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UK Court: Ban on Sex For Autistic Woman With Intellectual Disabilities

UK Court: Ban on Sex For Autistic Woman With Intellectual Disabilities

A recent decision by a British court toban an autistic woman with intellectual disabilities from having sex raises many issues that parents of autistic children and teenagers would perhaps not rather address but need to be considered.

A Court of Protection ruled that a 29-year-old women describing as having “mild learning disabilities and atypical autism” does not “have the mental capacity to engage in sexual relations, on the basis that she does not understand the implications and cannot effectively deploy the information she has understood into her decisions” (the judgment is here as a PDF).

The woman, referred to as H, is described as having a “history of a very early and very deep degree of sexualisation”; she had “engaged in sexual behavior” that she had not consented to. In 2003, a man was convicted of raping her. H’s disabilities were known to authorities since she was a child, as she was listed on the child protection register; the local authority also had records about her as an adult. After seeking “refuge in the home of a man called R who reported Hs sexual activities, vulnerability and disinhibition to the authorities” in 2009, H was hospitalized until 2011, during which attempts were made to “educate her and ascertain her understanding of sexual relations.” But in December of 2011, H was was placed under 1:1 supervision and was then “not free to leave her accommodation on any other basis, even to attend her part-time employment.”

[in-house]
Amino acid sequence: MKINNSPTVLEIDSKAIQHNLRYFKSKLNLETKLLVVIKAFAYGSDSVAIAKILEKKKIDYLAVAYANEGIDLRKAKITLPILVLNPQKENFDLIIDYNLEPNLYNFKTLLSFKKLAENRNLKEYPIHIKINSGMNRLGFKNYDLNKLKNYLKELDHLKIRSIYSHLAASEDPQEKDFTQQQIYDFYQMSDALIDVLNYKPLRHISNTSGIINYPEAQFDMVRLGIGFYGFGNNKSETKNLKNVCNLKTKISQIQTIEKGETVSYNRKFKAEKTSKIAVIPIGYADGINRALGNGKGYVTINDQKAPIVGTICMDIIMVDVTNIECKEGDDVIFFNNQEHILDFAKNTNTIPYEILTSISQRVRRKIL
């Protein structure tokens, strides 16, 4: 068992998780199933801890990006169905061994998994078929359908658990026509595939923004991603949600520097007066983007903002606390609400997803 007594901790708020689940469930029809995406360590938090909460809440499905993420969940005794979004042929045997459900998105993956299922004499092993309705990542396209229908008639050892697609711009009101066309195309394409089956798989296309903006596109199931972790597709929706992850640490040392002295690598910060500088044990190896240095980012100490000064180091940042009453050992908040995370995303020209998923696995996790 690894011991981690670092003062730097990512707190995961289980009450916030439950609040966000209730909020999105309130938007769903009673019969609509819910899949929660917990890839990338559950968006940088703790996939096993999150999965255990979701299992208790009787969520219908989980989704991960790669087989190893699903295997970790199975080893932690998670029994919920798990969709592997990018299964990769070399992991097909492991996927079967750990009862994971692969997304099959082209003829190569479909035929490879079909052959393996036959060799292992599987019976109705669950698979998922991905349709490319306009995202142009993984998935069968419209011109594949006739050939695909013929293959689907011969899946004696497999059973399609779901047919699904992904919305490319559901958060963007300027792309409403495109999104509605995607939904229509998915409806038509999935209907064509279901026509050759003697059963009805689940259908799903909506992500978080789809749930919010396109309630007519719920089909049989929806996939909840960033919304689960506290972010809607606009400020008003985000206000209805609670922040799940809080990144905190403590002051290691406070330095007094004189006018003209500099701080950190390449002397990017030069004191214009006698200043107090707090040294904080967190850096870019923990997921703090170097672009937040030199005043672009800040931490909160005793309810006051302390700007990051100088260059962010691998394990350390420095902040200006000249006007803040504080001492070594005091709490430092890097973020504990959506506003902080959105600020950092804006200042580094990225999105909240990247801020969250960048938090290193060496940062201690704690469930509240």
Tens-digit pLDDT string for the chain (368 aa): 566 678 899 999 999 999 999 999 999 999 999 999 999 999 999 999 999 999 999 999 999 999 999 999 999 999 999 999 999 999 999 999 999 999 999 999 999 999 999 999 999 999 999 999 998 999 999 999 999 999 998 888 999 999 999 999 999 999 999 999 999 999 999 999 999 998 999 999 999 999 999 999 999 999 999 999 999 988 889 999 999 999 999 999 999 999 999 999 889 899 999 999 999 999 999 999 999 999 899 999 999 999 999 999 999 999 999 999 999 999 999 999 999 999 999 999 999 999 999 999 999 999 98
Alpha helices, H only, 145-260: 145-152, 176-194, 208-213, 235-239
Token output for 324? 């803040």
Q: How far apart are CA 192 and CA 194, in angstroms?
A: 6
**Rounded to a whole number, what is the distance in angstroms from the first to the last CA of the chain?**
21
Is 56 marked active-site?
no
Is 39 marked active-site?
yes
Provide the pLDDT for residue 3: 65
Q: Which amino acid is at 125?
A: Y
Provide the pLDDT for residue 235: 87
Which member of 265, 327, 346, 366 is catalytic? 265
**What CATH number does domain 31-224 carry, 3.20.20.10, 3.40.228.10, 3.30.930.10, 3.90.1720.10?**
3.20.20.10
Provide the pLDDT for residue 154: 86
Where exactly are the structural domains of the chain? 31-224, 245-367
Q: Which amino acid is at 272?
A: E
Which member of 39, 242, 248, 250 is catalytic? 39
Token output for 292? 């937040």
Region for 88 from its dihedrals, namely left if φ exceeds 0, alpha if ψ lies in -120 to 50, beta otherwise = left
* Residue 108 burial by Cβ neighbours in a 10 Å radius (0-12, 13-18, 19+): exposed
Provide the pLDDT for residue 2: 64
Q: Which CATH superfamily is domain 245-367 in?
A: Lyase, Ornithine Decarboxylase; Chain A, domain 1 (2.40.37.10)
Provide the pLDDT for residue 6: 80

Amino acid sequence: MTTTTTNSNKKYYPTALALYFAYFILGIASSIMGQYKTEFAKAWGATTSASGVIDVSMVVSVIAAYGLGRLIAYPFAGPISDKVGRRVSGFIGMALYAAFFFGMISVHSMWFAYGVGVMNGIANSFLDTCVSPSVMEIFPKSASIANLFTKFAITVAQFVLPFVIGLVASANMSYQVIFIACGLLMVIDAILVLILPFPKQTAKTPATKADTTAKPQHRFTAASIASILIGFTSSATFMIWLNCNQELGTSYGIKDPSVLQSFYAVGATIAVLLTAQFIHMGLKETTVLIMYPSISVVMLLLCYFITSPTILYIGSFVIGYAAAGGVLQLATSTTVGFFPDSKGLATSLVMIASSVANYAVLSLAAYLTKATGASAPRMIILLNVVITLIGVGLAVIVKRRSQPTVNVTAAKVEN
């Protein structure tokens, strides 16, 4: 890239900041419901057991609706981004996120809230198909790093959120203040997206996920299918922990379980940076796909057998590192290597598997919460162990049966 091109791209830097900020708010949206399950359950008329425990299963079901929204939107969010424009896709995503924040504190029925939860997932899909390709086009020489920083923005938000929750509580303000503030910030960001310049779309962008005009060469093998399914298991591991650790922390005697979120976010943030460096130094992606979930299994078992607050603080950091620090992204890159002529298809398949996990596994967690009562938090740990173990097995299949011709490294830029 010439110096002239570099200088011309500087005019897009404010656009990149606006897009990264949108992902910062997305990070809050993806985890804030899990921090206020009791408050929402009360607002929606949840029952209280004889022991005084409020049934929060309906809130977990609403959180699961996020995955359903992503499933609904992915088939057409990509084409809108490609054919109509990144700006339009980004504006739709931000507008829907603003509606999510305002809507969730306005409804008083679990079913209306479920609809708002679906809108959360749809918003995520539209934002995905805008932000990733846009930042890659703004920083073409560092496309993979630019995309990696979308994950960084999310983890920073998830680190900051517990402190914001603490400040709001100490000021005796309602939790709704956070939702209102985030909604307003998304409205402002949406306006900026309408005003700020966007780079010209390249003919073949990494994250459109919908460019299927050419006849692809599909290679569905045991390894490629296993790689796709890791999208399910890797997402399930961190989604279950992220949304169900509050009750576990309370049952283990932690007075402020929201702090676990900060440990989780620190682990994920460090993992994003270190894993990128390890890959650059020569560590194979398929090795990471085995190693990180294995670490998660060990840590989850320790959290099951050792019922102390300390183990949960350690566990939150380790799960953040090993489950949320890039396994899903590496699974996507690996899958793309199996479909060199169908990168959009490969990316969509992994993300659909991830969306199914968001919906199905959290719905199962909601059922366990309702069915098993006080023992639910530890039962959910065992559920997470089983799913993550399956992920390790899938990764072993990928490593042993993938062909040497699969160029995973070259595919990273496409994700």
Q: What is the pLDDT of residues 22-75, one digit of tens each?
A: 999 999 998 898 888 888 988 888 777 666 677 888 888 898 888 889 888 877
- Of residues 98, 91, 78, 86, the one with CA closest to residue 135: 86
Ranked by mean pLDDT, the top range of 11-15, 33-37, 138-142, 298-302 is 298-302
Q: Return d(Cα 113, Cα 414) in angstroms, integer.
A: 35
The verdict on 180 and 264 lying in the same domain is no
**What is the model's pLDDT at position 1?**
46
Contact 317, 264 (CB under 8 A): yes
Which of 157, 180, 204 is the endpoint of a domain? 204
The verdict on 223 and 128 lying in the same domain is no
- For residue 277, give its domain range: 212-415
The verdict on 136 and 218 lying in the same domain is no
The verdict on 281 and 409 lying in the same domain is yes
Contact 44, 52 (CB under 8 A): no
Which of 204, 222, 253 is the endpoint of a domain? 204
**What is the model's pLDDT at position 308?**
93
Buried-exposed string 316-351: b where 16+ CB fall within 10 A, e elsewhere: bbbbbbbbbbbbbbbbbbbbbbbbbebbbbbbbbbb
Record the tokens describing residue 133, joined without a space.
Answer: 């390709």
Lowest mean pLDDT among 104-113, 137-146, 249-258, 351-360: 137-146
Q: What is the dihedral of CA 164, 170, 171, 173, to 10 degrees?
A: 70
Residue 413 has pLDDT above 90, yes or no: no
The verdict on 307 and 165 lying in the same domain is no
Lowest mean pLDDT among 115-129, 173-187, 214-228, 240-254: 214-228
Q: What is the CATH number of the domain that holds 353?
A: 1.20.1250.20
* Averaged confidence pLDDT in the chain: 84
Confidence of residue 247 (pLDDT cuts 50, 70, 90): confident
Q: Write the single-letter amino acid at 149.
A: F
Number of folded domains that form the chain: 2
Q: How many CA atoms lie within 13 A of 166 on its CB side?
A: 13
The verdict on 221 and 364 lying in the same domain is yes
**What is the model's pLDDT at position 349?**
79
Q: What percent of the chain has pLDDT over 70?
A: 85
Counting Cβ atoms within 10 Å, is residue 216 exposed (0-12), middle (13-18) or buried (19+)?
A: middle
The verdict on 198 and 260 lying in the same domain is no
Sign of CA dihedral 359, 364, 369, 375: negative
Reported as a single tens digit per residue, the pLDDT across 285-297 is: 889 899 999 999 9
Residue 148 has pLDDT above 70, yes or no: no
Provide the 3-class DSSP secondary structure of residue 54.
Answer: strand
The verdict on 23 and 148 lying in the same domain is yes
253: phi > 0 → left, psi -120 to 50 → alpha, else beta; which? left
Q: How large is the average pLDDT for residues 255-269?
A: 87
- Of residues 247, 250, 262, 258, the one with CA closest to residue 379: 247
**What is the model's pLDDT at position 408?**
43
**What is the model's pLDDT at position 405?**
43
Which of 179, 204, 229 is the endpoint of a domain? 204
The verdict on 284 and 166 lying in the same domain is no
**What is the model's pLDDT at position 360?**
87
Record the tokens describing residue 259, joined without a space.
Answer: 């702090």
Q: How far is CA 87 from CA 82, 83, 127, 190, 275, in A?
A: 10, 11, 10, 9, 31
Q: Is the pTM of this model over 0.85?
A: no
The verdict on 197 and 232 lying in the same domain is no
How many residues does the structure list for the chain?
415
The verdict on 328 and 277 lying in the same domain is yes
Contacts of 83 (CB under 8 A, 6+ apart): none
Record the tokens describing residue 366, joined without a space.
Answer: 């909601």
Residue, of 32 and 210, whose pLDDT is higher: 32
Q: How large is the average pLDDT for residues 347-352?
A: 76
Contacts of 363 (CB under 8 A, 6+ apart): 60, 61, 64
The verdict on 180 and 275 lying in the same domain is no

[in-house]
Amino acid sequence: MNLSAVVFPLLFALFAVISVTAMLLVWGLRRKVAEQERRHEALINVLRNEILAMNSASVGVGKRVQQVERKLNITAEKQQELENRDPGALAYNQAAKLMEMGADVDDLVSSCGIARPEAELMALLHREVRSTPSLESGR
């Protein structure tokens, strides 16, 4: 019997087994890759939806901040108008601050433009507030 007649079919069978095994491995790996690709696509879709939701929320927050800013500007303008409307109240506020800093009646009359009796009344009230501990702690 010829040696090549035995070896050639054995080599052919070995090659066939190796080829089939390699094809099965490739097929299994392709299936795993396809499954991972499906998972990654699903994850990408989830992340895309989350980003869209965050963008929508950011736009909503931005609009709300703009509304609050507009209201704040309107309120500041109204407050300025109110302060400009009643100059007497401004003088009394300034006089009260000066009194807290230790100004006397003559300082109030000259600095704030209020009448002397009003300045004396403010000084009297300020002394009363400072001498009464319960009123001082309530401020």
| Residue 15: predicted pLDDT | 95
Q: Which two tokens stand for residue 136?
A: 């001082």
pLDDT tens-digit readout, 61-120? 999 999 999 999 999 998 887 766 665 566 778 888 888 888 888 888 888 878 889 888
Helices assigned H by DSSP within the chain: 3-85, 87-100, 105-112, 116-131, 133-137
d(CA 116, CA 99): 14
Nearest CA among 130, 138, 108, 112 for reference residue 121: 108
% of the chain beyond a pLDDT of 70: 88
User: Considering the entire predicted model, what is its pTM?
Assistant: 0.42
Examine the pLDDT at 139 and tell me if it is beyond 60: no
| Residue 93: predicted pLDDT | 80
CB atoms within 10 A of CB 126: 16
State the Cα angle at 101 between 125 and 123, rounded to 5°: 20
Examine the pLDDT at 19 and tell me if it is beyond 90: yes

The judge who presided over the decision to ban H from having sex was “reluctant to conclude a lack of capacity” in her, but found that her capacity to “use and weigh” information about sexual behavior and its consequences was such that the court should still “guard” and “restrict” these in her “best interests.” The judge did note that the decision, which indeed amounts to a “deprivation of liberty,” was very difficult to make and that “improvement and maturation” could occur for H and “that the matter should be kept under review.”

My son will turn 15 in the middle of May: In six short years he will be a legal adult and, due to the extent of his cognitive disabilities, we have begun to take steps to declare guardianship of him when he turns 18; as part of this, we will have to have him declared mentally incompetent and unable to make financial and other decisions for himself. We are certainly starting to plan to make sure that Charlie always has, if not 1:1 supervision, some sort of care worker with him at all times. Sex education is addressed for Charlie primarily in terms of “safety,” in regard to appropriate behavior in public (in public restrooms in particular). Due to the extent of Charlie’s disabilities, it is highly unlikely that he would ever be unaccompanied in public but, like it or not, we have to factor in all possibilities.

The court decision about H does not mention family members or guardians. Her intellectual disabilities, and the fact that she had been raped in 2003, suggest that some sorts of protection and/or intervention could have been provided for her earlier. Had her education as a child included sex education? H’s case reminds me that parents of children of all ages with disabilities need to address these issues honestly and frankly, in order to best care for those we love while respecting their dignity.

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56 comments

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7:11AM PST on Mar 1, 2012

Thanks for the article.